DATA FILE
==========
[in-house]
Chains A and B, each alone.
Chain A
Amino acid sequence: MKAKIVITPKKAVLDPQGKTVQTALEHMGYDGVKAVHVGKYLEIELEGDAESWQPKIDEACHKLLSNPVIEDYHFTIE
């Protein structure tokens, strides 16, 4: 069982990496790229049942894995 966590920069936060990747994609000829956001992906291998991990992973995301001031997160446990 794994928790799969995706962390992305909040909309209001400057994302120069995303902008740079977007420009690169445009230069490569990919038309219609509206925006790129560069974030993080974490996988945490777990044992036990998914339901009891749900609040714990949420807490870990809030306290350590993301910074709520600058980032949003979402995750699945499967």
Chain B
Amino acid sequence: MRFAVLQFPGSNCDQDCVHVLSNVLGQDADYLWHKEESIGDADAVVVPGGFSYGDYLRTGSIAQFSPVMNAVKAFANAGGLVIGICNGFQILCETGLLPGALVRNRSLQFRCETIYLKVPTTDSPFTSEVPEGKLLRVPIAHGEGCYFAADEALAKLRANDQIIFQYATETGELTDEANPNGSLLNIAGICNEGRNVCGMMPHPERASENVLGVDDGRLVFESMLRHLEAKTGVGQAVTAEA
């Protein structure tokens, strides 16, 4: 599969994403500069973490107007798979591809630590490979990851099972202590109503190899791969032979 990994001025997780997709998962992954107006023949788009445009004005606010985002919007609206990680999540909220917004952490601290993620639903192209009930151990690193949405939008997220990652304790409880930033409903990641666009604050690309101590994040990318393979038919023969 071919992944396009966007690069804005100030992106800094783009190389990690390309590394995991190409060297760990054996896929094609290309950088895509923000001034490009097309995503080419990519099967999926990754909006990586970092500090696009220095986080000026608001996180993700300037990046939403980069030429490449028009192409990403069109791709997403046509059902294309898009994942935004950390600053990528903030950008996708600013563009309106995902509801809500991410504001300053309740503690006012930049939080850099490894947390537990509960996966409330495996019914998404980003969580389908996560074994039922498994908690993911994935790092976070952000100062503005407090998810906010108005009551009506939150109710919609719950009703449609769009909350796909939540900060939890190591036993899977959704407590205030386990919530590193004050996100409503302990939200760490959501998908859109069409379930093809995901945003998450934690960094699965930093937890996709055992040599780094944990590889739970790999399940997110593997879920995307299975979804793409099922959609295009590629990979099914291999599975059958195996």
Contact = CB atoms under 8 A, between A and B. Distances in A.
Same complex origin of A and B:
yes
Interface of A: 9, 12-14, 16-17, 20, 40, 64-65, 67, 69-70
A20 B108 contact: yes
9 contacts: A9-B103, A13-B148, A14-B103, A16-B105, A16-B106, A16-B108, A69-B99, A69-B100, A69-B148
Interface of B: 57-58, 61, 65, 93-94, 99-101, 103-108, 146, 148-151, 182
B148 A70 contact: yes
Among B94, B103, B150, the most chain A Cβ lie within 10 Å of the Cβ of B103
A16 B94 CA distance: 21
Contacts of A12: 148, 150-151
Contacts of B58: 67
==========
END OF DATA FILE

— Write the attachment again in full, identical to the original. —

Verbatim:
[in-house]
Chains A and B, each alone.
Chain A
Amino acid sequence: MKAKIVITPKKAVLDPQGKTVQTALEHMGYDGVKAVHVGKYLEIELEGDAESWQPKIDEACHKLLSNPVIEDYHFTIE
């Protein structure tokens, strides 16, 4: 069982990496790229049942894995 966590920069936060990747994609000829956001992906291998991990992973995301001031997160446990 794994928790799969995706962390992305909040909309209001400057994302120069995303902008740079977007420009690169445009230069490569990919038309219609509206925006790129560069974030993080974490996988945490777990044992036990998914339901009891749900609040714990949420807490870990809030306290350590993301910074709520600058980032949003979402995750699945499967």
Chain B
Amino acid sequence: MRFAVLQFPGSNCDQDCVHVLSNVLGQDADYLWHKEESIGDADAVVVPGGFSYGDYLRTGSIAQFSPVMNAVKAFANAGGLVIGICNGFQILCETGLLPGALVRNRSLQFRCETIYLKVPTTDSPFTSEVPEGKLLRVPIAHGEGCYFAADEALAKLRANDQIIFQYATETGELTDEANPNGSLLNIAGICNEGRNVCGMMPHPERASENVLGVDDGRLVFESMLRHLEAKTGVGQAVTAEA
């Protein structure tokens, strides 16, 4: 599969994403500069973490107007798979591809630590490979990851099972202590109503190899791969032979 990994001025997780997709998962992954107006023949788009445009004005606010985002919007609206990680999540909220917004952490601290993620639903192209009930151990690193949405939008997220990652304790409880930033409903990641666009604050690309101590994040990318393979038919023969 071919992944396009966007690069804005100030992106800094783009190389990690390309590394995991190409060297760990054996896929094609290309950088895509923000001034490009097309995503080419990519099967999926990754909006990586970092500090696009220095986080000026608001996180993700300037990046939403980069030429490449028009192409990403069109791709997403046509059902294309898009994942935004950390600053990528903030950008996708600013563009309106995902509801809500991410504001300053309740503690006012930049939080850099490894947390537990509960996966409330495996019914998404980003969580389908996560074994039922498994908690993911994935790092976070952000100062503005407090998810906010108005009551009506939150109710919609719950009703449609769009909350796909939540900060939890190591036993899977959704407590205030386990919530590193004050996100409503302990939200760490959501998908859109069409379930093809995901945003998450934690960094699965930093937890996709055992040599780094944990590889739970790999399940997110593997879920995307299975979804793409099922959609295009590629990979099914291999599975059958195996």
Contact = CB atoms under 8 A, between A and B. Distances in A.
Same complex origin of A and B:
yes
Interface of A: 9, 12-14, 16-17, 20, 40, 64-65, 67, 69-70
A20 B108 contact: yes
9 contacts: A9-B103, A13-B148, A14-B103, A16-B105, A16-B106, A16-B108, A69-B99, A69-B100, A69-B148
Interface of B: 57-58, 61, 65, 93-94, 99-101, 103-108, 146, 148-151, 182
B148 A70 contact: yes
Among B94, B103, B150, the most chain A Cβ lie within 10 Å of the Cβ of B103
A16 B94 CA distance: 21
Contacts of A12: 148, 150-151
Contacts of B58: 67